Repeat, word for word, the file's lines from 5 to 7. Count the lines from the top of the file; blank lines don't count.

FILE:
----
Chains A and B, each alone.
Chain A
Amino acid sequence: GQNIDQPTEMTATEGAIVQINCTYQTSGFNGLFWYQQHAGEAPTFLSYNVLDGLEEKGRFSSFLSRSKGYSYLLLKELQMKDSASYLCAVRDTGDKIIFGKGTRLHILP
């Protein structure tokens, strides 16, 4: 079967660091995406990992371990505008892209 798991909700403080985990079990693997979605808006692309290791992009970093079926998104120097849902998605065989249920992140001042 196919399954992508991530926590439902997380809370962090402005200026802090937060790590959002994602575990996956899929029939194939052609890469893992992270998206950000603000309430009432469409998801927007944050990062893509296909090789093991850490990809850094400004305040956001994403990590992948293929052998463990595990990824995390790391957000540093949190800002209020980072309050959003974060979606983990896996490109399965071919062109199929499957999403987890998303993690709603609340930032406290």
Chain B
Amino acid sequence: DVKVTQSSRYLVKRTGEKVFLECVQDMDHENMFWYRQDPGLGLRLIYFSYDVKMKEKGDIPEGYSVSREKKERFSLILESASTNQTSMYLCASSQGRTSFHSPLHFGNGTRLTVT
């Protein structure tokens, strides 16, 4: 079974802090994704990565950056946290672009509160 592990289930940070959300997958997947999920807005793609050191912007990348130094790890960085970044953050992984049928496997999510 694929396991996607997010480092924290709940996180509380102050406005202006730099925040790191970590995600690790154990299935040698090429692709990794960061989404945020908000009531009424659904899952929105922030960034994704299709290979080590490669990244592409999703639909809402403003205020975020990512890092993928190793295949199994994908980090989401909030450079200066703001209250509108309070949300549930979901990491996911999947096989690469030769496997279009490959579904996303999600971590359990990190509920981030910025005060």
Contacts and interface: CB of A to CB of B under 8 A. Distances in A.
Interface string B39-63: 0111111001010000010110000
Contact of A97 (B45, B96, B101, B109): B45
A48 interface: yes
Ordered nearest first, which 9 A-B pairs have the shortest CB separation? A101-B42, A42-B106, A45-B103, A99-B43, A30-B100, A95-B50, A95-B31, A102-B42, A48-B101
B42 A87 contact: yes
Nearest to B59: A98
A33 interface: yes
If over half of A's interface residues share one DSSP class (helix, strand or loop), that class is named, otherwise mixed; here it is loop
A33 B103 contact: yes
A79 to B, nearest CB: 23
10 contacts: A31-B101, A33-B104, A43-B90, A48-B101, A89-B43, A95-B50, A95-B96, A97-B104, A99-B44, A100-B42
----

Chain B
Amino acid sequence: DVKVTQSSRYLVKRTGEKVFLECVQDMDHENMFWYRQDPGLGLRLIYFSYDVKMKEKGDIPEGYSVSREKKERFSLILESASTNQTSMYLCASSQGRTSFHSPLHFGNGTRLTVT
């Protein structure tokens, strides 16, 4: 079974802090994704990565950056946290672009509160 592990289930940070959300997958997947999920807005793609050191912007990348130094790890960085970044953050992984049928496997999510 694929396991996607997010480092924290709940996180509380102050406005202006730099925040790191970590995600690790154990299935040698090429692709990794960061989404945020908000009531009424659904899952929105922030960034994704299709290979080590490669990244592409999703639909809402403003205020975020990512890092993928190793295949199994994908980090989401909030450079200066703001209250509108309070949300549930979901990491996911999947096989690469030769496997279009490959579904996303999600971590359990990190509920981030910025005060």